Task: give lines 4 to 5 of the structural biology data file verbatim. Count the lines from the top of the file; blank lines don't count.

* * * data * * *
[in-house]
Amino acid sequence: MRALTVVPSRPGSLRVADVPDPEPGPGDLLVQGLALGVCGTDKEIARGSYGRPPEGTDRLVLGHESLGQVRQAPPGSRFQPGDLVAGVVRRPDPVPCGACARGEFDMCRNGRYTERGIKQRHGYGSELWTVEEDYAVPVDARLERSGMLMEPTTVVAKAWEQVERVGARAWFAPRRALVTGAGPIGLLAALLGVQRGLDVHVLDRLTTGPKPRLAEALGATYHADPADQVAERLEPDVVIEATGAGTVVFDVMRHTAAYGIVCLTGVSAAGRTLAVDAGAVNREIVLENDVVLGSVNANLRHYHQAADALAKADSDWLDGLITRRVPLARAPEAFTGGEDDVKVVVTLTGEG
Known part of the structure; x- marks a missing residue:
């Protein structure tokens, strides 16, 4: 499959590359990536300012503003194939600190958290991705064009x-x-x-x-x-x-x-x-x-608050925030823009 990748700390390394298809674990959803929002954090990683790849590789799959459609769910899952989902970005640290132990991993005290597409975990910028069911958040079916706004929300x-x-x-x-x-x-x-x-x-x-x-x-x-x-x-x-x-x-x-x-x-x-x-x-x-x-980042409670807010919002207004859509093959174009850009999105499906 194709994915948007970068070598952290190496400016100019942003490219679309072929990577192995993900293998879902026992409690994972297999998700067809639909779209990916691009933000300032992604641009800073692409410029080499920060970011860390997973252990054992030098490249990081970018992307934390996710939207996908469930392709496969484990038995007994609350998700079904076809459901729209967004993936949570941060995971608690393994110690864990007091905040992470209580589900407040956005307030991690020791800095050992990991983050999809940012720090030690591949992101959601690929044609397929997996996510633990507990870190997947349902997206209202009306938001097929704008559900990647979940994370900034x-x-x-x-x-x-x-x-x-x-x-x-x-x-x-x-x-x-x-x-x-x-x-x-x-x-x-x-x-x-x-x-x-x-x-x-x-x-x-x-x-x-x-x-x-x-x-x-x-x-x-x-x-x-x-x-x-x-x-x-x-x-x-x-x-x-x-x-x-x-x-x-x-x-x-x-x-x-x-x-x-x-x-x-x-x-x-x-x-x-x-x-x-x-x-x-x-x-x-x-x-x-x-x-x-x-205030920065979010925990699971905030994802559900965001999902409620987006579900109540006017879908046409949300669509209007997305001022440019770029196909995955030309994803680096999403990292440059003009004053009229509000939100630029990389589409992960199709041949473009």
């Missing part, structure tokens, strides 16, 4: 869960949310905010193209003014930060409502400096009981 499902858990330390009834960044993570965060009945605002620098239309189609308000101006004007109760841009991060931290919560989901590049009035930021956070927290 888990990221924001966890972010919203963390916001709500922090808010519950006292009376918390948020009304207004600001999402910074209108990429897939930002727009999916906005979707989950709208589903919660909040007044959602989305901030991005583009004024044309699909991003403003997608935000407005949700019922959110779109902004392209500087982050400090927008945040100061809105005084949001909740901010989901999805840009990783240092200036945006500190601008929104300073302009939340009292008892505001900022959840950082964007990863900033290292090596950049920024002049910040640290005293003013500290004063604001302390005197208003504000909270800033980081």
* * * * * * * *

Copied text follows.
């Protein structure tokens, strides 16, 4: 499959590359990536300012503003194939600190958290991705064009x-x-x-x-x-x-x-x-x-608050925030823009 990748700390390394298809674990959803929002954090990683790849590789799959459609769910899952989902970005640290132990991993005290597409975990910028069911958040079916706004929300x-x-x-x-x-x-x-x-x-x-x-x-x-x-x-x-x-x-x-x-x-x-x-x-x-x-980042409670807010919002207004859509093959174009850009999105499906 194709994915948007970068070598952290190496400016100019942003490219679309072929990577192995993900293998879902026992409690994972297999998700067809639909779209990916691009933000300032992604641009800073692409410029080499920060970011860390997973252990054992030098490249990081970018992307934390996710939207996908469930392709496969484990038995007994609350998700079904076809459901729209967004993936949570941060995971608690393994110690864990007091905040992470209580589900407040956005307030991690020791800095050992990991983050999809940012720090030690591949992101959601690929044609397929997996996510633990507990870190997947349902997206209202009306938001097929704008559900990647979940994370900034x-x-x-x-x-x-x-x-x-x-x-x-x-x-x-x-x-x-x-x-x-x-x-x-x-x-x-x-x-x-x-x-x-x-x-x-x-x-x-x-x-x-x-x-x-x-x-x-x-x-x-x-x-x-x-x-x-x-x-x-x-x-x-x-x-x-x-x-x-x-x-x-x-x-x-x-x-x-x-x-x-x-x-x-x-x-x-x-x-x-x-x-x-x-x-x-x-x-x-x-x-x-x-x-x-x-205030920065979010925990699971905030994802559900965001999902409620987006579900109540006017879908046409949300669509209007997305001022440019770029196909995955030309994803680096999403990292440059003009004053009229509000939100630029990389589409992960199709041949473009």
């Missing part, structure tokens, strides 16, 4: 869960949310905010193209003014930060409502400096009981 499902858990330390009834960044993570965060009945605002620098239309189609308000101006004007109760841009991060931290919560989901590049009035930021956070927290 888990990221924001966890972010919203963390916001709500922090808010519950006292009376918390948020009304207004600001999402910074209108990429897939930002727009999916906005979707989950709208589903919660909040007044959602989305901030991005583009004024044309699909991003403003997608935000407005949700019922959110779109902004392209500087982050400090927008945040100061809105005084949001909740901010989901999805840009990783240092200036945006500190601008929104300073302009939340009292008892505001900022959840950082964007990863900033290292090596950049920024002049910040640290005293003013500290004063604001302390005197208003504000909270800033980081």